New Jersey Privacy Policy Lawyers

Posted By user, Uncategorized On November 6, 2020

Privacy policy, also known as Terms of Service or Terms of Use, do not fit all businesses the same way due to different business interests. By establishing how your client and customers will interact with your products and how you will use the store, and protect the privacy of the data collected, you can draft your business privacy policy protecting your company in case of a complaint.

 

You may also ask yourself if you can draft the privacy policy yourself, and the simple answer would be yes. But can you be able to identify specific interests your business needs to protect? Can you legally protect those interests? How do you protect yourself personally?

 

The above questions are why you need a qualified lawyer from the Spodek law group to help you through the whole process.

 

The advantages of using a lawyer

 

1. The benefits of using a lawyer in drafting well thought off privacy policy is that the document will tailor and fit your specific business or website.

 

2. Your lawyer will not only draft a document that protects you and your business, but he will also have a policy focusing on the future as your business grows.

 

3. Generally, terms of Service highlight several things, such as preventing misuse of your business website/app, specifying that you, as the business owner, have a right to your content, and provide an agreement between you and the website/apps users. Also, it provides you with an enforceable legal document minimizing the likelihood of a legal dispute.

 

Other considerations you should keep in mind

 

There are other significant considerations that you should not overlook in drafting a privacy policy document that could land your business in legal turmoil, which include:

 

  • Does your business website/apps request personal information from its users? If so, then you should consider the PIPEDA, which sets out the ground rules in which businesses must handle user information in the course of doing business?
  • Do payments go through your business website/app? If so, you need to consider the Proceeds of Crime (Money Laundering) and Terrorist Financing Act.
  • Does your website/app display any trademark or information subject to copyright? If so, then consulting with an experienced attorney is the best option for protecting your intellectual property rights.

Privacy policy

 

A privacy policy provides a guideline for how the company uses, stores, processes, and shares user information obtained from its websites/ apps. In case of inaccurate information, the Federal Trade Commission can take legal action against your business. Additionally, an attorney can tailor the policy to reflect your business-specific user data practices, hence avoiding any possible FTC investigation or class action user lawsuits.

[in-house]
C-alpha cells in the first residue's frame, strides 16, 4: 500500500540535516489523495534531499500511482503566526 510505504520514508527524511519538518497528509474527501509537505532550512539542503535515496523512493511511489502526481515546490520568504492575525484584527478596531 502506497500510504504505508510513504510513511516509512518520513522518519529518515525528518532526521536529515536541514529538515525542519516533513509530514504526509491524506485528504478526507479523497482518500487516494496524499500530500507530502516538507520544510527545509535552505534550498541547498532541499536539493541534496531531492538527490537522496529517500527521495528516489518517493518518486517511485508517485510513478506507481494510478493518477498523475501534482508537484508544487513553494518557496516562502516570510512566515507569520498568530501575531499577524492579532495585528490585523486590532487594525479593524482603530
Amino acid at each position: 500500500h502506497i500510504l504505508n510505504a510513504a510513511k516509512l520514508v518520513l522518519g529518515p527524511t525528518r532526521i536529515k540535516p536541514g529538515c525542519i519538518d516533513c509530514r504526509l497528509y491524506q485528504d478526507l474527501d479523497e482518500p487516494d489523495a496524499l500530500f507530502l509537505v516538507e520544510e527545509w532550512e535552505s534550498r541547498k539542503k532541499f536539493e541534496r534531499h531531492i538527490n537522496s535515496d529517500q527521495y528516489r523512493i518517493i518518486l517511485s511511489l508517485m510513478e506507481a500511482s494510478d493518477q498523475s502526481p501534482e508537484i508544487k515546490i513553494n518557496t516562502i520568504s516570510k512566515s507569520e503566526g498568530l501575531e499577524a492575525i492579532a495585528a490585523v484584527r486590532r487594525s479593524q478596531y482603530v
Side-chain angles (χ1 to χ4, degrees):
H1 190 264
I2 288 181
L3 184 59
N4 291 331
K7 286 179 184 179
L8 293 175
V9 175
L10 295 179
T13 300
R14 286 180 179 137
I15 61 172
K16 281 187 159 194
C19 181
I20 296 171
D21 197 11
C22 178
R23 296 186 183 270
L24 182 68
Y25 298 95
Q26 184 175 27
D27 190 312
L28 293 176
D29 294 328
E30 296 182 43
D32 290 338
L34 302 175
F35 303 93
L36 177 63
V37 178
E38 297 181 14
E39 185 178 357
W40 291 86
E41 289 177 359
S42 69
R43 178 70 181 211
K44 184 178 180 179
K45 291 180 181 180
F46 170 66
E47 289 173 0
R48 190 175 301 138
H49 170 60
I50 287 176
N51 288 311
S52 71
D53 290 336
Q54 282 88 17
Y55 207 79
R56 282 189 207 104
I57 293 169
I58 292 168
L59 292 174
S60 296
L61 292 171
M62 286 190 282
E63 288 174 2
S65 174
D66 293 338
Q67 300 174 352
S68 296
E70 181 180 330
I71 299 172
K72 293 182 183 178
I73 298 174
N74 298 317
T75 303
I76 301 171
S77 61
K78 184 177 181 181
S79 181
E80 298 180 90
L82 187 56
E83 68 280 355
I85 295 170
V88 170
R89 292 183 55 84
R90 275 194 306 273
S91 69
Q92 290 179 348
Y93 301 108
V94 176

Terms and conditions

 

Terms and conditions are a contract between you and the uses of your website/ apps. An experienced lawyer can also advise you on where to place your business website/app’s policies to ensure legally binding. An example is the “I accept” button on the website famously known as clickwrap agreement.

 

Terms and conditions establish the conditions of use, such as disclaimers of warranties, code of conduct, and disclaims any liability for any third party site links to users of your products. Below is a discussion of the general provisions in a policy document.

 

Code of Conduct

 

The provision lays out the expectations of how your clients may use your products. As well as highlight your rights to revoke the use of your website/app.

 

Limitation of Liability

 

The purpose of the provision is to exclude your business from liability or damages that may arise.

 

Payment Procedures

 

Where necessary, the Terms and Conditions should state the acceptable method of payment. They should also state the timelines of the payment as well as delayed and failed payment conditions.

 

Policy of cancellation

 

You can also highlight how users can terminate an agreement and the relevant fees and refund procedures.

 

What your website/app will have access to

 

If your product needs to access user accounts such as Facebook, Twitter, contacts, or any other part of their devices, you should also state and request the users to agree with that condition.

 

Links to Other Websites

 

This provision states that your company is not responsible for any information in third-party links connected to your website/app.

 

Copyright Notice

 

You may also provide a clear guideline on any copyright infringement according to the Digital Millennium Copyright Act. This policy should state that any content and business logos on your website are protected. In case a user believes that content on your website infringes copyright, the policy guild the user on how and to whom they can raise the issue.

 

Conclusion

 

Posting a privacy statement on their website/ app that does not reflect the companies internal structure is one of the biggest mistakes companies make. The mistakes happen when a company decides to use online templates or copy and paste from similar business websites.